Economist Bernard Baumohl is well known for his realistic candor, which he delivered again through the lens of the COVID-19 pandemic in September at The Lodging Conference’s online event. His reality check reminded hoteliers that “We have to be very careful about having a false sense of security. The reason is that an economic rebound is not the same thing as an economic recovery. It doesn’t tell us we’re on a sustainable economic recovery course right now because, again, it is the virus that is still calling the shots and will until there is a vaccine.”
When CEOs talk, readers listen and that’s especially true when it comes to conversations about recovery. IHG CEO Keith Barr spoke in October at the Annual Hotel Conference (online, of course—the norm for 2020) and predicted that in five years, the hotel industry would be bigger than it is today. Barr forecast a few trends he thought would drive that growth in coming years: hotels growing in importance as meeting spaces and companies scale back on office space, and the effects of industry consolidation, to name a few.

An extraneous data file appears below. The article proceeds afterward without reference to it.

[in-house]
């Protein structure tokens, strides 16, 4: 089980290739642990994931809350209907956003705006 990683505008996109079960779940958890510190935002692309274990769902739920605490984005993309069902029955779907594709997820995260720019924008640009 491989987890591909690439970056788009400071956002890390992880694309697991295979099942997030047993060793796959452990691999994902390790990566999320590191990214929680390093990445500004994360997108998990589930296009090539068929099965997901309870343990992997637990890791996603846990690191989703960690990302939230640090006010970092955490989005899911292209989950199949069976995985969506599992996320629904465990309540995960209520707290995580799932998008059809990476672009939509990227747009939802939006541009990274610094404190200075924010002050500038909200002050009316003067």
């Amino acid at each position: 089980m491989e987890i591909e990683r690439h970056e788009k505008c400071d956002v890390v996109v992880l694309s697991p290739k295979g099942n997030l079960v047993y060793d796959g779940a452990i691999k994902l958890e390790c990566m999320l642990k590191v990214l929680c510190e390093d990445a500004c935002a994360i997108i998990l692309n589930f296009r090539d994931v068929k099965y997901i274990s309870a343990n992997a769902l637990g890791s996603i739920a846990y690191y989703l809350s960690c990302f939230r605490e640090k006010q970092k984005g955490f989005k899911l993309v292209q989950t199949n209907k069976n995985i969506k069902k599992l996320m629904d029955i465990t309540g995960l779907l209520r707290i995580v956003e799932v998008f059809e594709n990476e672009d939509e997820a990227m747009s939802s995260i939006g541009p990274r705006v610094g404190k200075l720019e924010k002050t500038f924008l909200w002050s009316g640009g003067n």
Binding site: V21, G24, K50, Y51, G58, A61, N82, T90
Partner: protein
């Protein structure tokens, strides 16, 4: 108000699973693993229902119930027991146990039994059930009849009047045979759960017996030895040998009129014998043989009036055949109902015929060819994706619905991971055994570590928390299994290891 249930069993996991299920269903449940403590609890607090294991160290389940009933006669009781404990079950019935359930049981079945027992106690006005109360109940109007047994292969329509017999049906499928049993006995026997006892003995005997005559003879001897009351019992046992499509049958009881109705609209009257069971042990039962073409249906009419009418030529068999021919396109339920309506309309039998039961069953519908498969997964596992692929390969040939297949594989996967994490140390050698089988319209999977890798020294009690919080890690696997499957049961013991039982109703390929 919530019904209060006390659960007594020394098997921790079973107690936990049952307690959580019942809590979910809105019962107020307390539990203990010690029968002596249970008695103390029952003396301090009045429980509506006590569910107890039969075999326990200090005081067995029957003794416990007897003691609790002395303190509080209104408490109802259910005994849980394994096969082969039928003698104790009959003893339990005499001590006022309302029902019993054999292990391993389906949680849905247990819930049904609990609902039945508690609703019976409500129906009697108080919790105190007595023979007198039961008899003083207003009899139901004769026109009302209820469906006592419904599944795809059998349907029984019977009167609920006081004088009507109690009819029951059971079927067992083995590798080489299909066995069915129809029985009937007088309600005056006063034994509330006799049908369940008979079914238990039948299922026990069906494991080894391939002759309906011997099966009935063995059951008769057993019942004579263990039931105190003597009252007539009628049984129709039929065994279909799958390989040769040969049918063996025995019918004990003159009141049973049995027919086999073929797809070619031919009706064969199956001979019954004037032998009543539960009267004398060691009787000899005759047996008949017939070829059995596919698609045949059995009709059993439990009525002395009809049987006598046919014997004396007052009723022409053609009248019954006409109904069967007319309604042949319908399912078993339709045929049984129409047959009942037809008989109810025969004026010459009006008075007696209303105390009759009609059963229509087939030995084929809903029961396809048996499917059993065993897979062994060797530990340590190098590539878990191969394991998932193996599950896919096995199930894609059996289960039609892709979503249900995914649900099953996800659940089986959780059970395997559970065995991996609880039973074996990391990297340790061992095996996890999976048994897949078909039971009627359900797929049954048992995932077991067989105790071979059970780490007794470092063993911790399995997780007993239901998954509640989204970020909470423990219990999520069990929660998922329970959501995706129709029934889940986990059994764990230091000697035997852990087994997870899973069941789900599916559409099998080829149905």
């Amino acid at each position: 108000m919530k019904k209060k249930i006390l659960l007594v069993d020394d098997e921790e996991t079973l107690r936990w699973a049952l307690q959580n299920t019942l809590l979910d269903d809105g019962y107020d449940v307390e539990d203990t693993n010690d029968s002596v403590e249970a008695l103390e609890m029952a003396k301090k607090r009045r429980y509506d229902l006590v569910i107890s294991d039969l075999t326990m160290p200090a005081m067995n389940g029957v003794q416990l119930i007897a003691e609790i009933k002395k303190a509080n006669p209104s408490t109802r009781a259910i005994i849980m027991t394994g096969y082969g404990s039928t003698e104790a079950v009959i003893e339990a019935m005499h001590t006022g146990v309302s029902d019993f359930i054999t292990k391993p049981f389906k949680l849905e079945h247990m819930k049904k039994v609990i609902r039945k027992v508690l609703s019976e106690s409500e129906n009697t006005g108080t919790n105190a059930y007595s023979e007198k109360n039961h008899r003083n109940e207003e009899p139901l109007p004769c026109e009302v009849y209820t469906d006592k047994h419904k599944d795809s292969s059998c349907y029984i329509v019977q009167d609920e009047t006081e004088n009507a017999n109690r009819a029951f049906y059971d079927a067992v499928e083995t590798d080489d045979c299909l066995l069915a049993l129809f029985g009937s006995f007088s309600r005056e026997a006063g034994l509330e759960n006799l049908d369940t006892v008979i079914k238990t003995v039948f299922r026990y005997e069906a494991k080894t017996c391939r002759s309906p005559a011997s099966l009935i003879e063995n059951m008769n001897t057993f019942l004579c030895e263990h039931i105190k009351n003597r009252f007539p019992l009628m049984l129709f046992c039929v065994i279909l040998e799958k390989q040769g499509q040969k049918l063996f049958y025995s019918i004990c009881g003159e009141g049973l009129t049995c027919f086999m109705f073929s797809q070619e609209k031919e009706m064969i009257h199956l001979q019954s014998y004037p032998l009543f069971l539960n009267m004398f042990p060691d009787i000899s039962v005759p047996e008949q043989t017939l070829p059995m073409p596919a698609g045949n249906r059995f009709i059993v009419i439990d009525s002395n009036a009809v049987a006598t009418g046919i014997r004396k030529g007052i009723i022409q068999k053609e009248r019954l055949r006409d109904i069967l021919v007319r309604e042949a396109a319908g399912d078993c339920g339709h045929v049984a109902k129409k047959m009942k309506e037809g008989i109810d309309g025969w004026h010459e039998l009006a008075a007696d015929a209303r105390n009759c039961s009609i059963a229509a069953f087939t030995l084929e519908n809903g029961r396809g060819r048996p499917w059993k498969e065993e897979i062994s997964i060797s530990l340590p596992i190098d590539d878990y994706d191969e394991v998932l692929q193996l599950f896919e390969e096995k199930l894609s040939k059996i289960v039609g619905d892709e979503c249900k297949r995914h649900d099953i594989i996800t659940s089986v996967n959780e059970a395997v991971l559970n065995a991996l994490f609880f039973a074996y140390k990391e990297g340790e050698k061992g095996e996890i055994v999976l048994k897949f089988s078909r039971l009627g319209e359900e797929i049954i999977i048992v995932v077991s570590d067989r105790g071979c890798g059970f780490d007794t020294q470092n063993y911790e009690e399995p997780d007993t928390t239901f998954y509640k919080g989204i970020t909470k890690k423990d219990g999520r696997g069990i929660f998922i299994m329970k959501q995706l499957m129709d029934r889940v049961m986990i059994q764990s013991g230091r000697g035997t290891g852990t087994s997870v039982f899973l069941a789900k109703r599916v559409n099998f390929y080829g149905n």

In November the NYU International Hospitality Industry Investment Conference reconvened its panel of hotel company CEOs it first gathered in June to update the discussion. By November the impact of data and understanding surrounding the virus was evident, and the CEOs projected a sense of optimism tempered by reality. The words “hope” and “strong 2021” drew readers into this headline.
You know optimism is returning when talk turns to deals. In early December, hotel executives spoke about the deals environment at Driftwood Capital’s annual investor conference. Driftwood CEO Carlos Rodriguez Sr. summed it up by saying, “when the capital markets have been dislocated the way they have, and with discounts we’re seeing in the hotels being transacted, I can’t help but get excited for the future of all of our funds. With discipline and a methodical manner, now is the time to pounce.”